The concept of a gauge theory revolves around the notion that the laws of physics must be independent of arbitrary choices made by an observer, such as the scales (units) of length and time, or the choice of some coordinates in general. Gauge invariance came into prominence in 1929 through the work of Weyl  in a quest to understand gravitation. Since then, it has evolved beyond its original context to also become a cornerstone of modern quantum field theory. The gauge principle is realized in terms of a local symmetry group GG which reflects some aspect of the physics. Famously, quantum electrodynamics (QED) is locally gauge invariant with respect to G=U(1)G=U(1), meaning that the choice of the complex phase for matter fields is arbitrary. Indeed, our current understanding of particle physics as a unified theory of electroweak and strong interactions, the so-called standard model, is built on a gauge principle combined with a specific pattern for (spontaneous) symmetry breaking. Methods of theoretical physics have found their way into financial mathematics and related fields of economics . The term “econophysics” has been coined to describe this area of research . A typical application is concerned with stochastic properties of historical (market) data. This explains the connection to quantum physics, which is based on a stochastic interpretation of physical phenomena. The marriage of financial mathematics with quantum physics has been called quantum finance . Quantization is best achieved using path integrals  because this guarantees viability even in nonperturbative systems, like off-equilibrium markets. Moreover, numerical simulation on some lattice geometry is readily implemented. The idea of combining the gauge principle with quantum field theory in the context of econophysics has been advanced by Ilinski . Its rationale is that traders in financial markets, for example, interact in similar ways with the trading environment, irrespective of the units used for the traded commodity. For example, market observables like the distribution of relative gains to an investor should be similar regardless of whether the currency unit used in the exchange is USD, Euro, Yen, or some other unit, provided that an appropriate scale factor has been applied. Empirical evidence related to this idea comes from the observation of scaling of the market data with respect to different time horizons , yet another scale. A somewhat independent path of using the concept of a gauge in stochastic investment models in mathematical finance has been pursued by Smith and Speed  and Farinelli . The concepts of differential geometry and stochastic mathematics are combined in a rather formal way to yield interesting theoretical results. Comparing our and Ilinski’s  approaches requires a translation of terminology: The terms “deflator and term structure” refer to “gauge fields”, though in principle the concepts are similar. We prefer Ilinski’s approach over Farinelli’s, in part because it more directly lends itself to practical application. The present paper is concerned with an implementation of those ideas in the framework of a numerical simulation of a simple gauge invariant lattice quantum field theory. Subsequently, we will describe the lattice model, its interpretation in the context of financial markets, and the numerical implementation, and then proceed to matching the results to historical data of the NASDAQ stock index at one-minute intervals.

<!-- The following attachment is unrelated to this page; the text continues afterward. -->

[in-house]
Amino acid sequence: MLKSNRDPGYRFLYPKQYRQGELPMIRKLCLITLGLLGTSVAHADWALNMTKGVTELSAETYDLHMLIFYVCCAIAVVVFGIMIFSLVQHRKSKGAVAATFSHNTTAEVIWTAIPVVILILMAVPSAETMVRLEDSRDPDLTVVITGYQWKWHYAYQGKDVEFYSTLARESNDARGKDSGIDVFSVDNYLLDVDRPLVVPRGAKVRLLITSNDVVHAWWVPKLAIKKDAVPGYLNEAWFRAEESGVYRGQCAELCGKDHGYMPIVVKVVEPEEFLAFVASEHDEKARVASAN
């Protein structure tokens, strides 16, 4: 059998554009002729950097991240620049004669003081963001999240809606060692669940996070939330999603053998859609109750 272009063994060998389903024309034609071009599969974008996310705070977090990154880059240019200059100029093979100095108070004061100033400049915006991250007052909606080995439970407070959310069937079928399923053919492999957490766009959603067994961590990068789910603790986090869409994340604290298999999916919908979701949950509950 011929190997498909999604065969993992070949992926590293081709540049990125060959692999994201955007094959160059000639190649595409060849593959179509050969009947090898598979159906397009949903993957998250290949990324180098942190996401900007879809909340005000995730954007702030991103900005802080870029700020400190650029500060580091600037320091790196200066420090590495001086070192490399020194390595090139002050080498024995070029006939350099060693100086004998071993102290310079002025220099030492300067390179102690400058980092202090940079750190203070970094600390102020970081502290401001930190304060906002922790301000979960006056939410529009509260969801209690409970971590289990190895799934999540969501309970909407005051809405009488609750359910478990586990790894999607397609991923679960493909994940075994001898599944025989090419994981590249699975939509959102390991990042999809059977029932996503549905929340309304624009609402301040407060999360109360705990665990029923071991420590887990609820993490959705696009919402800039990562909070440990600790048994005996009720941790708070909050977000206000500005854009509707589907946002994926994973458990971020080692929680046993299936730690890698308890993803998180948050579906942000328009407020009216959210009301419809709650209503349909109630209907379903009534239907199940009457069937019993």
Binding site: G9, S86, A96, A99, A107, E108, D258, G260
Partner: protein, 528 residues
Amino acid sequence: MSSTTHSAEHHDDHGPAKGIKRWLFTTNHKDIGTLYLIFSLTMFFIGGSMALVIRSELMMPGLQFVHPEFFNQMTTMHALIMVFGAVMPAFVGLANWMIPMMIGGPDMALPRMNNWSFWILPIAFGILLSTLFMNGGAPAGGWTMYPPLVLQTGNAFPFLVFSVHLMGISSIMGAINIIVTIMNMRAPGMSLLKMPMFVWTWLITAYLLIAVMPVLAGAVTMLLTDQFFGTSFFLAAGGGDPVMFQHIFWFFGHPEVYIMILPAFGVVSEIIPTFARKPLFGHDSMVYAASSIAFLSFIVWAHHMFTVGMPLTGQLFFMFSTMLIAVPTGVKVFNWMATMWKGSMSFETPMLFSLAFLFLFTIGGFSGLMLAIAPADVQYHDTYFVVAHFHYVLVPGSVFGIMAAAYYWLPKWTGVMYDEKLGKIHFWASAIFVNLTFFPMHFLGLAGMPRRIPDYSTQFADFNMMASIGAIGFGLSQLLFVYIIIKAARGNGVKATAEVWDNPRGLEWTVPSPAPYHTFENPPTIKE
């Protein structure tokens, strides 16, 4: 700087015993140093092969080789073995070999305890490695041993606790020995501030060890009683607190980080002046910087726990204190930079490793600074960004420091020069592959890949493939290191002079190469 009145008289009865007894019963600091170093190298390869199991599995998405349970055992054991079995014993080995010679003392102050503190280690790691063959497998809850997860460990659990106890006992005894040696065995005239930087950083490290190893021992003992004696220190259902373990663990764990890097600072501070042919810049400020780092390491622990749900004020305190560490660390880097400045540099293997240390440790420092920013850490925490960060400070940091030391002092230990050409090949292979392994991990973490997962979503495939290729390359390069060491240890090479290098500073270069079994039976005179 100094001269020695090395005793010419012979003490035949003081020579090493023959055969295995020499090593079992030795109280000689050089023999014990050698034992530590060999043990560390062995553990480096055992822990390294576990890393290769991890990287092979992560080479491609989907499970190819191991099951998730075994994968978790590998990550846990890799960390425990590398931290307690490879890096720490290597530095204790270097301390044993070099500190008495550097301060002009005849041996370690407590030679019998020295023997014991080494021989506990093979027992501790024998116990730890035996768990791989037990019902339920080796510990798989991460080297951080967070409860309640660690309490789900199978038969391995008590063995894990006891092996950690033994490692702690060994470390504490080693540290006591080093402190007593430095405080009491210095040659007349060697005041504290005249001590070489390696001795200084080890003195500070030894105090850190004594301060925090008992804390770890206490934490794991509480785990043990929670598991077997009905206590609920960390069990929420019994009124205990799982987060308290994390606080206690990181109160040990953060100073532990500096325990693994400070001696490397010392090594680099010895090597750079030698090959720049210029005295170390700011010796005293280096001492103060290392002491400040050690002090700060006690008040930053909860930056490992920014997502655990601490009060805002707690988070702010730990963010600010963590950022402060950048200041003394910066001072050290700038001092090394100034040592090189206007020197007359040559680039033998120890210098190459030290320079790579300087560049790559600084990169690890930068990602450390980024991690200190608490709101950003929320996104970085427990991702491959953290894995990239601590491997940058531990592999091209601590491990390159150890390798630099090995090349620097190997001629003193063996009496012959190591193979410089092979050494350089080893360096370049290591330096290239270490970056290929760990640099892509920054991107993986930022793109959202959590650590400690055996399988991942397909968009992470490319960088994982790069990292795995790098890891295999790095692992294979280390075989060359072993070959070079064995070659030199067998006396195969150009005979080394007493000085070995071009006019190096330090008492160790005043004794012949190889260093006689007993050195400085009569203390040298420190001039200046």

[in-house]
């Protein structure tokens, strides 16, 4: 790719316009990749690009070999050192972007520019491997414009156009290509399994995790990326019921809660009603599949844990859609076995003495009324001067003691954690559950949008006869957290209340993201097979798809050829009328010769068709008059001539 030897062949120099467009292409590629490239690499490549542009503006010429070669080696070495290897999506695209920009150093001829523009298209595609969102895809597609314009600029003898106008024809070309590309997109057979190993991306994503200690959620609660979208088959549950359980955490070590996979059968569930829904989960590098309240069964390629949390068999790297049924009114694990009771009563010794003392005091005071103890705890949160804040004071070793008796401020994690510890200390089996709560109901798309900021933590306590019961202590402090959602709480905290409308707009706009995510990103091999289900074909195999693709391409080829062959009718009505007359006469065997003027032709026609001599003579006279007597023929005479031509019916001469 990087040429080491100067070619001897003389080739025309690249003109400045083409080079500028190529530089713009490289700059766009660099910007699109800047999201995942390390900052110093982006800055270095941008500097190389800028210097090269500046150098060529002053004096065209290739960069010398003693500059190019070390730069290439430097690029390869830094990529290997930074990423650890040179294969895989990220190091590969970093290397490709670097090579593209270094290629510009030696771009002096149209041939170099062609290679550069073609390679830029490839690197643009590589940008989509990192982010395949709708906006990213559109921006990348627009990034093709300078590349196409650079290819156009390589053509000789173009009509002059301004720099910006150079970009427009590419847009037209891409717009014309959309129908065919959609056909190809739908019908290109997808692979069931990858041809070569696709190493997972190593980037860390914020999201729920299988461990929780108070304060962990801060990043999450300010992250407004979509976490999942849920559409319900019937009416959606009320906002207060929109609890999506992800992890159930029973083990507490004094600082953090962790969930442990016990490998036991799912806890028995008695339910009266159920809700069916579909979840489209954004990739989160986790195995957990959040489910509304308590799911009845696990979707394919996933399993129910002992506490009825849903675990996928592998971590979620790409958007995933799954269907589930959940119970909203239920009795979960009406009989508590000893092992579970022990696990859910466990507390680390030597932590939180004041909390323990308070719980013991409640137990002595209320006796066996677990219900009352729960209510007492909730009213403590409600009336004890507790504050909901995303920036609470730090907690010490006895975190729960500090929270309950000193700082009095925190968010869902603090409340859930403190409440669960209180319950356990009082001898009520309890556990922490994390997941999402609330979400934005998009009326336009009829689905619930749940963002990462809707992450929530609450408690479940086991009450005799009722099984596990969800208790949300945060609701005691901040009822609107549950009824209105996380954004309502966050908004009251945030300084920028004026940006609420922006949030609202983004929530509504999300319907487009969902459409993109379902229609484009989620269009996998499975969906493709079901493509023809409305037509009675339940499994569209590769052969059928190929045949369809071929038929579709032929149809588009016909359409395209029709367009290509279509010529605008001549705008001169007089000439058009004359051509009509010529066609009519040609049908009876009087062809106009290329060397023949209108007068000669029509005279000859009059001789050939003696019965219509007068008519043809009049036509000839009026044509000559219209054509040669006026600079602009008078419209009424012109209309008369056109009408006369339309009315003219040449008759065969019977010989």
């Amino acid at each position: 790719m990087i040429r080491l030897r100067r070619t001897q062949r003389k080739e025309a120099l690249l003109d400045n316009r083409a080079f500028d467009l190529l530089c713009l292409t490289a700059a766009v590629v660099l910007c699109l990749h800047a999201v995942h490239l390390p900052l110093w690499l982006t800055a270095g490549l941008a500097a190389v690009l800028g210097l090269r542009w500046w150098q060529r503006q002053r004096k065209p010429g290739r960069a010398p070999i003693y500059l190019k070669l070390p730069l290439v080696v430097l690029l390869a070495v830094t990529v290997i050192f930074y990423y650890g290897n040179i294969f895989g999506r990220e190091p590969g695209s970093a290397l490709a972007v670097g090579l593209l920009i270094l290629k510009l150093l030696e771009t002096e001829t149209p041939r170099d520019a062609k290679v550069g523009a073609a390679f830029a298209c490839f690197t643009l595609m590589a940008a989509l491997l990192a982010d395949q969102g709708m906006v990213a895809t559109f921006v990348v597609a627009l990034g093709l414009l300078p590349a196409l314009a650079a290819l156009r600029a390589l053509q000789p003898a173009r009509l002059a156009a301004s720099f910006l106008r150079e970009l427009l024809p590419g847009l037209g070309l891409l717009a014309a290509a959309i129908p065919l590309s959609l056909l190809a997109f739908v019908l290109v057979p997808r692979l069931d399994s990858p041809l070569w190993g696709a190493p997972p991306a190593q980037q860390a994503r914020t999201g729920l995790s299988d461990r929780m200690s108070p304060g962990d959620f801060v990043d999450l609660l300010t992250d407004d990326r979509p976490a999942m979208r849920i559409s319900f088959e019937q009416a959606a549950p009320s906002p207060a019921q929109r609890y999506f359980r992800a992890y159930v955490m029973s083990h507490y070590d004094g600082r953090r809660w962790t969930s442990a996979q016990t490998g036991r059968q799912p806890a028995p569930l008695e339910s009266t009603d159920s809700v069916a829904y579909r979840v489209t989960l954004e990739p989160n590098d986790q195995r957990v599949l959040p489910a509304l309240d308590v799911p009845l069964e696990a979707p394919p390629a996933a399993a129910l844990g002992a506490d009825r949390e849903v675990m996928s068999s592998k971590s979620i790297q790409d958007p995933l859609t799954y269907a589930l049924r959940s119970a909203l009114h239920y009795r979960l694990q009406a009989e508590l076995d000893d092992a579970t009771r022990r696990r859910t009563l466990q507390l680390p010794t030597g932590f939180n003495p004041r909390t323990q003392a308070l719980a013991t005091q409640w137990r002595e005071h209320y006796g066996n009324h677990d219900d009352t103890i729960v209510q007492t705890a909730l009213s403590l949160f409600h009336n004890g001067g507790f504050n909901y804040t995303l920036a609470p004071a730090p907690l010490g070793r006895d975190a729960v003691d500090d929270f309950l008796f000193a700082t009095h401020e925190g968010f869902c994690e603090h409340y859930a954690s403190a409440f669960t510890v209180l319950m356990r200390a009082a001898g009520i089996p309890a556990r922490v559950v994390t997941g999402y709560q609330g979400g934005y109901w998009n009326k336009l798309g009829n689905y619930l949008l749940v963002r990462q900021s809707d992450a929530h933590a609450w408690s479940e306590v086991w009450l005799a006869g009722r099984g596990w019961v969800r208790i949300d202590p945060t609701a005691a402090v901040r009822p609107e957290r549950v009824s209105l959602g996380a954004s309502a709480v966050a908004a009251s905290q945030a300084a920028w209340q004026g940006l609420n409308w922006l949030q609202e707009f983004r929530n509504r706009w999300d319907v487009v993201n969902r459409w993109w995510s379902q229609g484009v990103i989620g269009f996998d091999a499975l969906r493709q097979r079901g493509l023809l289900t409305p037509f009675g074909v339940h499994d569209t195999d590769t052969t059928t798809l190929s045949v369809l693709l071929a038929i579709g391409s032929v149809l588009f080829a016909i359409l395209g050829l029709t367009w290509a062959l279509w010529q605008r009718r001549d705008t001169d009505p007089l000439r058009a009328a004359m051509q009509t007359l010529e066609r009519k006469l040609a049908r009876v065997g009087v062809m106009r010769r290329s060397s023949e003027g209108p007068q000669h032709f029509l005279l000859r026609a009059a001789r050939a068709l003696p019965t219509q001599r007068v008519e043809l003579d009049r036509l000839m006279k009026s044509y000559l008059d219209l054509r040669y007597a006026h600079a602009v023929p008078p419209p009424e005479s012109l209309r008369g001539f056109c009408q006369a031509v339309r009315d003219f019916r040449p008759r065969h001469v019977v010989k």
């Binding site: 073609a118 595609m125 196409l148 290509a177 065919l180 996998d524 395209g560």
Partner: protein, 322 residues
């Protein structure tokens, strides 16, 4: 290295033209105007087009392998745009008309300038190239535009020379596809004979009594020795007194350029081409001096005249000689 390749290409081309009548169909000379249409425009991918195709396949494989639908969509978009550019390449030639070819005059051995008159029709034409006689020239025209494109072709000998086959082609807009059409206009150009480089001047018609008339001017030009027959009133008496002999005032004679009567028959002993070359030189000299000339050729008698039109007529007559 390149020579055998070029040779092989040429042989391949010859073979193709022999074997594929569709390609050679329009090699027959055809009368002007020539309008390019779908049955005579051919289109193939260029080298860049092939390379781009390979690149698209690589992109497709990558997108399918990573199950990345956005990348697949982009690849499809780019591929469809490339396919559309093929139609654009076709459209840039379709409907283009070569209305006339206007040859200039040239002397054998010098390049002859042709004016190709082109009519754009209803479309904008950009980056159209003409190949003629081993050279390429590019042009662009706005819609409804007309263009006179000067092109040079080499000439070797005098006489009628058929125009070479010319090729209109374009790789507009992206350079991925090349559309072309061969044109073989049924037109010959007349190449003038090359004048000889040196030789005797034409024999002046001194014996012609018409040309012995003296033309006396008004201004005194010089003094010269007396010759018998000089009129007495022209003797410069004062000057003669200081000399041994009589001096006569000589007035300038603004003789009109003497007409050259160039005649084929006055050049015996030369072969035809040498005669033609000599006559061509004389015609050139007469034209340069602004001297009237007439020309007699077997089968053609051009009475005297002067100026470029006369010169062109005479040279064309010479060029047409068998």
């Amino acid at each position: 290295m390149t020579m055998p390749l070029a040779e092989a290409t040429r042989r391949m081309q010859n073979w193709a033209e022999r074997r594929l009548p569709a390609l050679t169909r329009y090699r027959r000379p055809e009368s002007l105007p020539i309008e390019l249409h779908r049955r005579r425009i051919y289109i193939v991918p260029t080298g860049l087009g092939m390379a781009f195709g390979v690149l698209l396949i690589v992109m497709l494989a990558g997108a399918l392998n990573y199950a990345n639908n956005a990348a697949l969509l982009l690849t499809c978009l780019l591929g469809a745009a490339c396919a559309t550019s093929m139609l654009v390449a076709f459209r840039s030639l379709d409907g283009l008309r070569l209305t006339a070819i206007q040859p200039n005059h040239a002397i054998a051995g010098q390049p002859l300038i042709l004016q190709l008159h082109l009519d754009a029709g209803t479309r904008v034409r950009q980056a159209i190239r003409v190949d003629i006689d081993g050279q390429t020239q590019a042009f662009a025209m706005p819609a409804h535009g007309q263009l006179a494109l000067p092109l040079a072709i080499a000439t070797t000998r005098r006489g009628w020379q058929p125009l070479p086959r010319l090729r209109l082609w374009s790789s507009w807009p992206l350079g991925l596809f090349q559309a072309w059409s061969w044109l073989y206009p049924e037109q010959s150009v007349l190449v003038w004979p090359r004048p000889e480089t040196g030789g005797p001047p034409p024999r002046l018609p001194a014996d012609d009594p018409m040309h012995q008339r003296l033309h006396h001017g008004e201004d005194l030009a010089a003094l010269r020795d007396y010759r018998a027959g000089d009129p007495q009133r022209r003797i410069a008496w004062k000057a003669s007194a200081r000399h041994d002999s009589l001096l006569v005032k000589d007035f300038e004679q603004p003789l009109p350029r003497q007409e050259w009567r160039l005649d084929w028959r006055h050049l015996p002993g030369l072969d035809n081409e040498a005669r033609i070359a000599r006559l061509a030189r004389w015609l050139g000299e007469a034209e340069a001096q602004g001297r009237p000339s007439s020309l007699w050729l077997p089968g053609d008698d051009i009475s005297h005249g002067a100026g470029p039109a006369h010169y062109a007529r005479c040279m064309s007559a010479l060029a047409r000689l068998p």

نتیجه گیری انگلیسی
We have implemented a proposal by Ilinski, that financial market dynamics should be independent of their arbitrary units used for cash and assets, thus being describable using a local gauge theory which, in some sense, resembles quantum electrodynamics. The model relies on the dilation group R+R+ as a local gauge symmetry on a lattice multi-ladder geometry of dimension m+1m+1, where mm is the number of investment instruments coupled to a cash account, and the remaining degree of freedom represents the time evolution of the system. The numerical simulation of the model yields the probability distribution of a stochastic variable which represents the market average of relative gains of investments. It is matched to high frequency historical data of the NASDAQ index and found to reproduce these over four orders of magnitude; in particular, the empirical observation of fat tails, meaning those that exceed a normal distribution, is reproduced. In this model, the microscopic reason for this observation is traced back to the fact that a spot price of an asset is a result of the investing history: The assets offered at a particular time have been held for various amounts of time. We side with Ilinski  that the gauge principle is a very important feature of market dynamics, though it may not be the only one. In particular, terms correcting the lattice action, which break gauge invariance (one hopes, perturbatively), could be added to the model. These terms may account for inflation rates, dividend growth, and the like. Also, one could implement boundary conditions on the lattice model, for example the historical Federal Reserve interest rate, or the time history of specific company stock values. This is a particularly interesting avenue because of the potential of making predictions of future gains distributions. Of course, future prices cannot be predicted, but the time evolution of their probability distribution can be, at least in the short term. We close with the remark that the present model is only an, initial, exploratory attempt. No exploration of the lattice features with regard to the parameters has been made. This would include the search for phase transitions, or spontaneous symmetry breaking, for example. We shall leave this to future work.